From double wide to double wow
FRISCO – Lucia Sramek describes Summit Medical Center in the 1970s as “the Wild West.”Sramek and other nurses were “people of all trades,” said Dr. Charles Lackey, one of the original doctors. They sewed up lacerations, delivered babies, answered phones, filed paperwork, did lab work and took x-rays – all in a double-wide trailer.Twenty-four hour emergency service didn’t exist until 1977, and when it started, it bounced between Frisco and the Breckenridge Medical Center because of the minimal staff. Lackey and Dr. James Oberheide were the only two doctors staffing the emergency service for the first couple of years, until St. Anthony’s bought the medical center. Then doctors from St. Anthony’s in Denver took turns relieving the duo. About 10 nurses rotated hours. They relied on ambulance staff to help record vital signs and stabilize patients, Sramek said. Luckily, in those days, spring, fall and most of the summer stayed pretty quiet. But when winter came, look out.The main emergencies involved truckers losing control on Interstate 70 – before there were runaway ramps – and ski injuries at a time when resorts didn’t have medical facilities at their bases.”Semis would go off the road all the time. There were horrendous accidents,” Lackey said.
The worst came when multiple injuries occurred during the day. Then doctors would have to juggle regular office appointments with emergencies.”We just couldn’t keep up with the demand,” Sramek said. “But patients still were able to receive top care, because we all had to be credentialed and maintain our certifications.”When patients needed to go to the emergency room and an ambulance wasn’t taking them, they’d have to call ahead and find out if it was Breckenridge’s or Frisco’s turn to remain open all day and night.If they ended up in Frisco, doctors treated them in the trailer. The hollow floors didn’t allow staff to pull the x-ray machine to patients, for fear it would fall through the floor. One nurse worked alone through the night, safely locked in the hospital. When patients came, the nurse would screen them before letting them in.”There were times you’d be frightened during the night, because you were all alone and you heard noises,” Sramek said, adding that people had tried to break into the pharmacy and that she worked at a time when Ted Bundy, known to target nurses, was rumored to be at-large along Interstate 70.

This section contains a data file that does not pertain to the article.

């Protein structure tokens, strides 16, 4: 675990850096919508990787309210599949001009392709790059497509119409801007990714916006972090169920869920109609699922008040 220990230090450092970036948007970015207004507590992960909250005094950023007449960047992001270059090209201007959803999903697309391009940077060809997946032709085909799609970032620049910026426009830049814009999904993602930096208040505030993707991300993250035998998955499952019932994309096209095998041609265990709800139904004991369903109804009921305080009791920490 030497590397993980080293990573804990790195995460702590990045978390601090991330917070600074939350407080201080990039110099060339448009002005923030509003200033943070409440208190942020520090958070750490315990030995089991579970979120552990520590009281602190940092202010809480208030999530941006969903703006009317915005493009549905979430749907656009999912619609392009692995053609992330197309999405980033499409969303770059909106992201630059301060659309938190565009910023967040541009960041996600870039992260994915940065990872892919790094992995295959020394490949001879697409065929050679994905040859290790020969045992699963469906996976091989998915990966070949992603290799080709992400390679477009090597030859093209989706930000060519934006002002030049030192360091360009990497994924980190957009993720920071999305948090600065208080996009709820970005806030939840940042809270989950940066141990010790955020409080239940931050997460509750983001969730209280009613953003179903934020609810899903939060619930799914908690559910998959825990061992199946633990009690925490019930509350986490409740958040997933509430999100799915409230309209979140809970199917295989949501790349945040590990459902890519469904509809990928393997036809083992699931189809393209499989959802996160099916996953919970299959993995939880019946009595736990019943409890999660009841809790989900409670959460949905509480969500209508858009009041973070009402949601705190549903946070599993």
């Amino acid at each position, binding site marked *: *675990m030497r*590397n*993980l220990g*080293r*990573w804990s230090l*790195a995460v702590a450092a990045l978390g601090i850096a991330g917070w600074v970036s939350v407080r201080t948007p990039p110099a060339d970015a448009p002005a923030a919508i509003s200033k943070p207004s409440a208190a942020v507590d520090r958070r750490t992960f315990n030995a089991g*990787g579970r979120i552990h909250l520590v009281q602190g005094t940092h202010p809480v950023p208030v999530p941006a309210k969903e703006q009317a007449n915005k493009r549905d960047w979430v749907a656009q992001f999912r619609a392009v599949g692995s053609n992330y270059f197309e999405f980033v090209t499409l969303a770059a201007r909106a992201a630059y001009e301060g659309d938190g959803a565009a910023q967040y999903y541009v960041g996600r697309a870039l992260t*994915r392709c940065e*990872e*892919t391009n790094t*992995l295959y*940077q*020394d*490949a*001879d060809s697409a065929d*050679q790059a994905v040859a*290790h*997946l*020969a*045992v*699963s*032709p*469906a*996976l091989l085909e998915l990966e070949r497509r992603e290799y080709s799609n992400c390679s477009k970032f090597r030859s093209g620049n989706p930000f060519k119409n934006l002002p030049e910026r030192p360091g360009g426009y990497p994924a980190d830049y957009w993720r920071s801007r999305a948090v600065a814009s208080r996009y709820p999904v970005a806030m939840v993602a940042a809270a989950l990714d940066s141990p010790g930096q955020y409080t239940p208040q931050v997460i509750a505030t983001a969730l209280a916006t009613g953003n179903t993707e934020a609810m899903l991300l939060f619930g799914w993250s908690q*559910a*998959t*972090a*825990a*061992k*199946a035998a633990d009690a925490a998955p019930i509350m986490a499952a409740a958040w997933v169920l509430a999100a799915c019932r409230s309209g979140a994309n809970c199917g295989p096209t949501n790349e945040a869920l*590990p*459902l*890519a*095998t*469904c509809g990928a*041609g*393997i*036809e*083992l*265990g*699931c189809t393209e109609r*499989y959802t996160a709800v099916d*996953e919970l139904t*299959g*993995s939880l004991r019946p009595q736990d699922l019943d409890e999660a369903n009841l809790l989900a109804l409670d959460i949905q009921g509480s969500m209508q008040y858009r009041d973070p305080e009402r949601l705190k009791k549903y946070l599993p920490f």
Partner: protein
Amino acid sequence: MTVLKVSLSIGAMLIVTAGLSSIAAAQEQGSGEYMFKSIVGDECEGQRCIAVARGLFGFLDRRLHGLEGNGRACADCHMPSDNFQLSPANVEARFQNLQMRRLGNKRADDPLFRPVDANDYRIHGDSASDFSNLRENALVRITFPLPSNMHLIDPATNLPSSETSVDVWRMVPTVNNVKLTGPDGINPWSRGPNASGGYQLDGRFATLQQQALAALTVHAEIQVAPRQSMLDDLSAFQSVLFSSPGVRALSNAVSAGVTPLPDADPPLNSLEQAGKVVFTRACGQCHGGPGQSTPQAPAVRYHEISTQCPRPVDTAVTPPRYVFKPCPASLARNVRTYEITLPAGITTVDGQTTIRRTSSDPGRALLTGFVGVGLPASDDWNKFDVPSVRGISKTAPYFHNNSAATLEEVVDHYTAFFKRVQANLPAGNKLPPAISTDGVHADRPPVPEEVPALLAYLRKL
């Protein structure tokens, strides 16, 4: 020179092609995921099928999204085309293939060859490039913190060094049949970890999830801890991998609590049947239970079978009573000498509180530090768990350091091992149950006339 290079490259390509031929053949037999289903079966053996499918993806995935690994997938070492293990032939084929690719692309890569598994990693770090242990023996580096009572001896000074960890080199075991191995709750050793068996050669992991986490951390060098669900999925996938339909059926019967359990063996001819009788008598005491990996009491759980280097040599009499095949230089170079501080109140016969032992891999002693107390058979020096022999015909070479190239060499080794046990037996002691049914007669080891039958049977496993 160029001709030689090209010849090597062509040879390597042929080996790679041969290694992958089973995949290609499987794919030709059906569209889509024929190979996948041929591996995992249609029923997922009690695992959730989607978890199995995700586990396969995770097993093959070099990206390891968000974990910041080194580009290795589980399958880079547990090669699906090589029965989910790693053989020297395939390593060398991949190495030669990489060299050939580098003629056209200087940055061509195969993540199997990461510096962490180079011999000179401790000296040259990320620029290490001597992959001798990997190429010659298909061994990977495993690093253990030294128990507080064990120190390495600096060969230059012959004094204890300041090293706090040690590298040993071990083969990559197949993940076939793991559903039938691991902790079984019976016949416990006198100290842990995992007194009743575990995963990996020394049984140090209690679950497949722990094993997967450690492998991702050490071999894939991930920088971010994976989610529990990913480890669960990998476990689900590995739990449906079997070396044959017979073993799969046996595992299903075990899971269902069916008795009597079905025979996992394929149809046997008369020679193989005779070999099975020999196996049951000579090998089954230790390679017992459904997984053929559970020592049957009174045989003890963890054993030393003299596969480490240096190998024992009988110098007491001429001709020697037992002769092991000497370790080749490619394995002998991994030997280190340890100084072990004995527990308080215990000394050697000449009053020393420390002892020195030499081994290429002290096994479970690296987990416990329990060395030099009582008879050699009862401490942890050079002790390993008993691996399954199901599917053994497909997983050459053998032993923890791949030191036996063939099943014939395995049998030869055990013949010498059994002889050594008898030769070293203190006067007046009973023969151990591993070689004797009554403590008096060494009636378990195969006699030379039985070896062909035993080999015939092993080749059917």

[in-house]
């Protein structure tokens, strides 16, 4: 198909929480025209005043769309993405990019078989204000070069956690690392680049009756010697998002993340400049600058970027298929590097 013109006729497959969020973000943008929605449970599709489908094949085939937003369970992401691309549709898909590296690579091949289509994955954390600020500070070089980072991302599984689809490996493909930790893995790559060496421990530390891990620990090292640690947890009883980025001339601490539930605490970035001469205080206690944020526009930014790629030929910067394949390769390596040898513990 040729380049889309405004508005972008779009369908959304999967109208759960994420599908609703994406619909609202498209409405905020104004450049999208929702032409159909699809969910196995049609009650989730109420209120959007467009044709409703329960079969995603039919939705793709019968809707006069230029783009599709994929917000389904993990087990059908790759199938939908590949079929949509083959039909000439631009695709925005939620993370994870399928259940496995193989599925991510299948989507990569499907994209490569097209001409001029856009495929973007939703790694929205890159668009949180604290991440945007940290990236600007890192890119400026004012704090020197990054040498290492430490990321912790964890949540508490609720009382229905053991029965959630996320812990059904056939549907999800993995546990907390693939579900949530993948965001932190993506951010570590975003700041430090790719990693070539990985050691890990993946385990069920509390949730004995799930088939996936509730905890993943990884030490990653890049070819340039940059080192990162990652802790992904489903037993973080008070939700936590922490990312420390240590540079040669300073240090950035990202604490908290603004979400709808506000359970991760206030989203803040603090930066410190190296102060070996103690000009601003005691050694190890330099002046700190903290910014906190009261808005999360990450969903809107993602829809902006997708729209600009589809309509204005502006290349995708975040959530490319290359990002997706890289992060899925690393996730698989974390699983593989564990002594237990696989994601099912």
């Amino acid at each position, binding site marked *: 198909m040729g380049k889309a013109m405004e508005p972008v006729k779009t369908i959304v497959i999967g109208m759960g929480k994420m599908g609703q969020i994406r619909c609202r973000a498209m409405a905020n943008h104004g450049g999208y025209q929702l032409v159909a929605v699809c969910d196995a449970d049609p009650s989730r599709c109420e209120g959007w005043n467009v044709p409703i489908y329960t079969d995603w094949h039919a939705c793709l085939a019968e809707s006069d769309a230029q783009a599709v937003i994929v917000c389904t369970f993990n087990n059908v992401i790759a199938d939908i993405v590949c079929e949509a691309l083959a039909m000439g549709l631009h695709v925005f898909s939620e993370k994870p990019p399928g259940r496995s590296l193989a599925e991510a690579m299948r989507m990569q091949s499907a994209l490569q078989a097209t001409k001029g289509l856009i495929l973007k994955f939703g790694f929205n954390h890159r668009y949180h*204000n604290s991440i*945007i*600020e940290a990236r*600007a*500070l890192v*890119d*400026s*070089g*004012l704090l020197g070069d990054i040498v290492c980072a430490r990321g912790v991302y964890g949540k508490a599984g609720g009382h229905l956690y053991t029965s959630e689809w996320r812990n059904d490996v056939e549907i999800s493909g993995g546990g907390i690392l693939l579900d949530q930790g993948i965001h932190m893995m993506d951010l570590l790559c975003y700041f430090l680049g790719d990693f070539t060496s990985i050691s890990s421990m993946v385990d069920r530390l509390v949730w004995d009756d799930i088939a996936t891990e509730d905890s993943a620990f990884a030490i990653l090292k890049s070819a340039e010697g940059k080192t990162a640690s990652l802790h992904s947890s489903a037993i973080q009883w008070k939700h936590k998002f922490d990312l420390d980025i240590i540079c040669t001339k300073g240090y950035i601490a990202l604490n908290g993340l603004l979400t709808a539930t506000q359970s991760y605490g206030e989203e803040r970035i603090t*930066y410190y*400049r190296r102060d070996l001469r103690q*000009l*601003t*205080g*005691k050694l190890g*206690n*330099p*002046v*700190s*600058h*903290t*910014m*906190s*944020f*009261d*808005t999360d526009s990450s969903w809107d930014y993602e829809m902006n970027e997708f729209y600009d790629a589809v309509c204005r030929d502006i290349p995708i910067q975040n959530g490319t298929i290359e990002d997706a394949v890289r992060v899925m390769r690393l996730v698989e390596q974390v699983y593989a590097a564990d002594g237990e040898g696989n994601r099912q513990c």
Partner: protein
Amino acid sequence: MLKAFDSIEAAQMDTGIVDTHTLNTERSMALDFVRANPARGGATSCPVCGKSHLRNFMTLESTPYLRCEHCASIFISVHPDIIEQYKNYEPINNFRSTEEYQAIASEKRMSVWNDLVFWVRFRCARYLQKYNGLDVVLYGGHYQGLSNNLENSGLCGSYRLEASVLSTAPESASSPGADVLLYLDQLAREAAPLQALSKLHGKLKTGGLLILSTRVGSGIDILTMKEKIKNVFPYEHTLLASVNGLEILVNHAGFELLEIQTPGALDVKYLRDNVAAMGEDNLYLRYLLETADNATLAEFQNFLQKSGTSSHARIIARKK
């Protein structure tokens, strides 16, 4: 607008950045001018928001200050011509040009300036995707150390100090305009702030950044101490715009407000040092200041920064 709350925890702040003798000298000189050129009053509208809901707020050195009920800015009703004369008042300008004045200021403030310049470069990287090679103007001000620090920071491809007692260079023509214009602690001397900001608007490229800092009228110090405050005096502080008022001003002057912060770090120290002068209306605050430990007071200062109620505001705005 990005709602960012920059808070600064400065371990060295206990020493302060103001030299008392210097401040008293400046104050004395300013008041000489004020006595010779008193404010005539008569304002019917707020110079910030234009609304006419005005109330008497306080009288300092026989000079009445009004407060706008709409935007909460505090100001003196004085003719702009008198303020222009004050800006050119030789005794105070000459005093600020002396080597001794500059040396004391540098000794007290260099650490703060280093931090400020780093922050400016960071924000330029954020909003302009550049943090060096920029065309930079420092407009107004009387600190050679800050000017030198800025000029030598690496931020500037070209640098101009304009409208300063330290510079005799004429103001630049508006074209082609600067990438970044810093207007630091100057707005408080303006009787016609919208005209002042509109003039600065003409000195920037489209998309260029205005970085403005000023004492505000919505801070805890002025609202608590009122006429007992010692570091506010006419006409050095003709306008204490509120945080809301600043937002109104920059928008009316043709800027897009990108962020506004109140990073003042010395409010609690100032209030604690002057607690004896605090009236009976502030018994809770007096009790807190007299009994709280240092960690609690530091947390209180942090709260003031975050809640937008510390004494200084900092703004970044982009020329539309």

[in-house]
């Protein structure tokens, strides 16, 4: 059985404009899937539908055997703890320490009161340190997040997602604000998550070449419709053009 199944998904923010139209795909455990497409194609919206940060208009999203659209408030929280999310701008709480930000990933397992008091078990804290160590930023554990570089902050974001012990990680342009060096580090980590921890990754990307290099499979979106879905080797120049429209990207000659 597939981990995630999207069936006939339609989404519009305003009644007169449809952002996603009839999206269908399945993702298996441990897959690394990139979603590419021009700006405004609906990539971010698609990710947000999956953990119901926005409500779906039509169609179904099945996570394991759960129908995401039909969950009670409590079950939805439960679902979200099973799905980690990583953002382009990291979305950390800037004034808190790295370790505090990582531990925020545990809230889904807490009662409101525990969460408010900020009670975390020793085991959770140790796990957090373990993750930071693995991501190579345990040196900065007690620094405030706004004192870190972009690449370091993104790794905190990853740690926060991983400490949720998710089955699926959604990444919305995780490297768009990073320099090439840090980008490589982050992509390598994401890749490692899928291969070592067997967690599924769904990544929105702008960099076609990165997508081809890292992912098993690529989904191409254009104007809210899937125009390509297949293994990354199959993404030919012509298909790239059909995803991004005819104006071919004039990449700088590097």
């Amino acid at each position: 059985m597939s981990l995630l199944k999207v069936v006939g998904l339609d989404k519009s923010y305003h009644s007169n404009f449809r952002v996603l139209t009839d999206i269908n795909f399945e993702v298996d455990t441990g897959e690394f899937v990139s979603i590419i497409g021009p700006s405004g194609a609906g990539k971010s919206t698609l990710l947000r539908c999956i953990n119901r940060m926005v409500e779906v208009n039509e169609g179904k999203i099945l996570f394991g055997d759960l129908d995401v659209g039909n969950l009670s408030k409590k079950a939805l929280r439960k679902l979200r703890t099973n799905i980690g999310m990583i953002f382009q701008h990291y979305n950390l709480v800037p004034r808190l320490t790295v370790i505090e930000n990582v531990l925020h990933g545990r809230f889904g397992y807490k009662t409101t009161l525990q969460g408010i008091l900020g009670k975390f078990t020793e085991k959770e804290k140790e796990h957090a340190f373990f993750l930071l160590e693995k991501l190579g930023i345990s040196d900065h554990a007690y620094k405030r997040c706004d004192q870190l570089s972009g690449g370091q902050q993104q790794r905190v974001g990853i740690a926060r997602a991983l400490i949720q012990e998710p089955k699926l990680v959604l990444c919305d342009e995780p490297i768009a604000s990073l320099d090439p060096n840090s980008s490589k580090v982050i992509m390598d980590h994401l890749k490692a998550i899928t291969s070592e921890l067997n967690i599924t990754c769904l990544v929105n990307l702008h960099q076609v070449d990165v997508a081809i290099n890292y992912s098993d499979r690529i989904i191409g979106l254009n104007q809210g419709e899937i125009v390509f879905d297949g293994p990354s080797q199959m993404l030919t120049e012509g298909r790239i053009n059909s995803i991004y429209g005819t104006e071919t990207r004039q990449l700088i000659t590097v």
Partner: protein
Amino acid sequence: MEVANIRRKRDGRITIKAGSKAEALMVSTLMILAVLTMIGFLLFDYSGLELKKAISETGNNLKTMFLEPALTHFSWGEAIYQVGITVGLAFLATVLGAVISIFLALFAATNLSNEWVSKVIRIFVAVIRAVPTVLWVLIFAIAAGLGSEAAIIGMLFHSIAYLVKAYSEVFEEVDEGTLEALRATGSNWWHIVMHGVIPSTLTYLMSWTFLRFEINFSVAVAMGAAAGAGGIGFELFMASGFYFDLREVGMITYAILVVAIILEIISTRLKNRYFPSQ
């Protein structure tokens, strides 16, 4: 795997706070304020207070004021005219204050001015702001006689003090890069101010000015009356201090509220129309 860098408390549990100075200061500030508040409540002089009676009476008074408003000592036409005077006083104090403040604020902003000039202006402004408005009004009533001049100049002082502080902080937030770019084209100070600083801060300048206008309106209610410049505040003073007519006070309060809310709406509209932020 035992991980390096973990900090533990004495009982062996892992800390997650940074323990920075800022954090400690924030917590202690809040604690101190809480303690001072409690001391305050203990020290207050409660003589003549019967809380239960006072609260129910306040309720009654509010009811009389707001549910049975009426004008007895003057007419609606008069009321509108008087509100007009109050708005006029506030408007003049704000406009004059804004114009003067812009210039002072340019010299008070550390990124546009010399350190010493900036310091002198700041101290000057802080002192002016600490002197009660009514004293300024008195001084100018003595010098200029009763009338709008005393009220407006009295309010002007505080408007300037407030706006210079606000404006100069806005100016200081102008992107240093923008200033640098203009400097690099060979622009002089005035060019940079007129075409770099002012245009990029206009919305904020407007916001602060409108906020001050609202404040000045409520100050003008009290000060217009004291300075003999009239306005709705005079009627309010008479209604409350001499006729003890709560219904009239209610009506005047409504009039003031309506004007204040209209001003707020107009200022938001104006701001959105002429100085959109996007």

Then there were nocturnal animals with which to contend. Skunks sometimes crawled under the platforms of the double-wide and stunk up the place, Lackey said. One night, a large skunk delayed Lackey from getting into his car and going home as it sat behind his wheel.”It was a dark, lonely part of town, and you never knew what kind of critter you’d find,” he said.But through all the lonely and hectic work, doctors and nurses formed a tight-knit community. And that built a foundation for today’s caring medical care.”St. Anthony’s conducts patient satisfaction surveys, and, in particular, Summit Medical Center year after year has come out on top,” Lackey said. “The tone was set early on by people that did work there.”Now, the new hospital will spread out the close-knit staff, placing them in different departments. Sramek is moving to Peak One Surgery Center.
“Because of the new people moving in and the size of the hospital and the division of departments, I think it’s going to be a challenge (to remain close),” she said. “I’m hoping that it doesn’t change the warmth and care that we felt for each other; I think people are quite sincere in their compassion. Maybe the cafeteria will become the meeting place.”Tuesday, new employees and old got to know one another as they moved into the new hospital. As they put supplies away, it was as if they were moving into a new home. Though she’ll miss the closeness established at the old building, she looks forward to working with state-of-art technology.”I find it very exciting to be trying new things,” she said.Kimberly Nicoletti can be reached at (970) 668-3998, ext. 13624, or at email@example.com.
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